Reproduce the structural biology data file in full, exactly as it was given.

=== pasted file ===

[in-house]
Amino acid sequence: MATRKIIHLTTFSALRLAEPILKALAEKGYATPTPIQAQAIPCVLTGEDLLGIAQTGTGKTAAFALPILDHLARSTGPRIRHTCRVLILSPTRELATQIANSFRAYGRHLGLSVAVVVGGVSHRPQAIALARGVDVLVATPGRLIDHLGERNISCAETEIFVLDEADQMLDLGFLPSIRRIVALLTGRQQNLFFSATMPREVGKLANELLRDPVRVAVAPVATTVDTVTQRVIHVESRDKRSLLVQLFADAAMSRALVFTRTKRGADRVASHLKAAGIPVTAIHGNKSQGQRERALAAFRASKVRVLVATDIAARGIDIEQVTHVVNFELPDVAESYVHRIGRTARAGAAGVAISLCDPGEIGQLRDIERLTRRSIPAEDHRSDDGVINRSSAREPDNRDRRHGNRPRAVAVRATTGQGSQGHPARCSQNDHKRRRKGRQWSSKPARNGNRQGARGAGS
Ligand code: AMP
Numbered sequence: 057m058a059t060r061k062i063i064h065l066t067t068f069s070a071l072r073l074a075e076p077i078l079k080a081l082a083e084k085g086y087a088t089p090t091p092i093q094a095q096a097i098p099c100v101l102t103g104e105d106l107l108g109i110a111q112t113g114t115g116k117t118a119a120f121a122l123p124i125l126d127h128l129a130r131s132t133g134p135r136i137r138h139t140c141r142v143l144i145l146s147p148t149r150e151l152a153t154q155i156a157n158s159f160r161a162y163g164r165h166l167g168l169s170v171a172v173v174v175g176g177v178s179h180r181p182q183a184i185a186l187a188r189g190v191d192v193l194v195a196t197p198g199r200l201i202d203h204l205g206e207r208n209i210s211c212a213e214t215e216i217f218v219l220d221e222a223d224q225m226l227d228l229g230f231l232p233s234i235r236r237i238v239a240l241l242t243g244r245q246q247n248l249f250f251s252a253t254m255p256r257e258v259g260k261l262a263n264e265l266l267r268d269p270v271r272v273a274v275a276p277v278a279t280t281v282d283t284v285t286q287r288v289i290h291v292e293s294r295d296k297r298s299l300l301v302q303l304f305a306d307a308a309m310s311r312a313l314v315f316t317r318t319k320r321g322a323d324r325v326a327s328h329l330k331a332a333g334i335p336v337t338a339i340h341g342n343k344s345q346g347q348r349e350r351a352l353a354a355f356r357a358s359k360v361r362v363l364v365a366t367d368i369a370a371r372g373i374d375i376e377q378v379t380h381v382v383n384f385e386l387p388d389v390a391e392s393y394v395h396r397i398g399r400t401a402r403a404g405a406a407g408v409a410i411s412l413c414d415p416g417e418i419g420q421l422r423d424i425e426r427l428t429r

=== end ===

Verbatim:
[in-house]
Amino acid sequence: MATRKIIHLTTFSALRLAEPILKALAEKGYATPTPIQAQAIPCVLTGEDLLGIAQTGTGKTAAFALPILDHLARSTGPRIRHTCRVLILSPTRELATQIANSFRAYGRHLGLSVAVVVGGVSHRPQAIALARGVDVLVATPGRLIDHLGERNISCAETEIFVLDEADQMLDLGFLPSIRRIVALLTGRQQNLFFSATMPREVGKLANELLRDPVRVAVAPVATTVDTVTQRVIHVESRDKRSLLVQLFADAAMSRALVFTRTKRGADRVASHLKAAGIPVTAIHGNKSQGQRERALAAFRASKVRVLVATDIAARGIDIEQVTHVVNFELPDVAESYVHRIGRTARAGAAGVAISLCDPGEIGQLRDIERLTRRSIPAEDHRSDDGVINRSSAREPDNRDRRHGNRPRAVAVRATTGQGSQGHPARCSQNDHKRRRKGRQWSSKPARNGNRQGARGAGS
Ligand code: AMP
Numbered sequence: 057m058a059t060r061k062i063i064h065l066t067t068f069s070a071l072r073l074a075e076p077i078l079k080a081l082a083e084k085g086y087a088t089p090t091p092i093q094a095q096a097i098p099c100v101l102t103g104e105d106l107l108g109i110a111q112t113g114t115g116k117t118a119a120f121a122l123p124i125l126d127h128l129a130r131s132t133g134p135r136i137r138h139t140c141r142v143l144i145l146s147p148t149r150e151l152a153t154q155i156a157n158s159f160r161a162y163g164r165h166l167g168l169s170v171a172v173v174v175g176g177v178s179h180r181p182q183a184i185a186l187a188r189g190v191d192v193l194v195a196t197p198g199r200l201i202d203h204l205g206e207r208n209i210s211c212a213e214t215e216i217f218v219l220d221e222a223d224q225m226l227d228l229g230f231l232p233s234i235r236r237i238v239a240l241l242t243g244r245q246q247n248l249f250f251s252a253t254m255p256r257e258v259g260k261l262a263n264e265l266l267r268d269p270v271r272v273a274v275a276p277v278a279t280t281v282d283t284v285t286q287r288v289i290h291v292e293s294r295d296k297r298s299l300l301v302q303l304f305a306d307a308a309m310s311r312a313l314v315f316t317r318t319k320r321g322a323d324r325v326a327s328h329l330k331a332a333g334i335p336v337t338a339i340h341g342n343k344s345q346g347q348r349e350r351a352l353a354a355f356r357a358s359k360v361r362v363l364v365a366t367d368i369a370a371r372g373i374d375i376e377q378v379t380h381v382v383n384f385e386l387p388d389v390a391e392s393y394v395h396r397i398g399r400t401a402r403a404g405a406a407g408v409a410i411s412l413c414d415p416g417e418i419g420q421l422r423d424i425e426r427l428t429r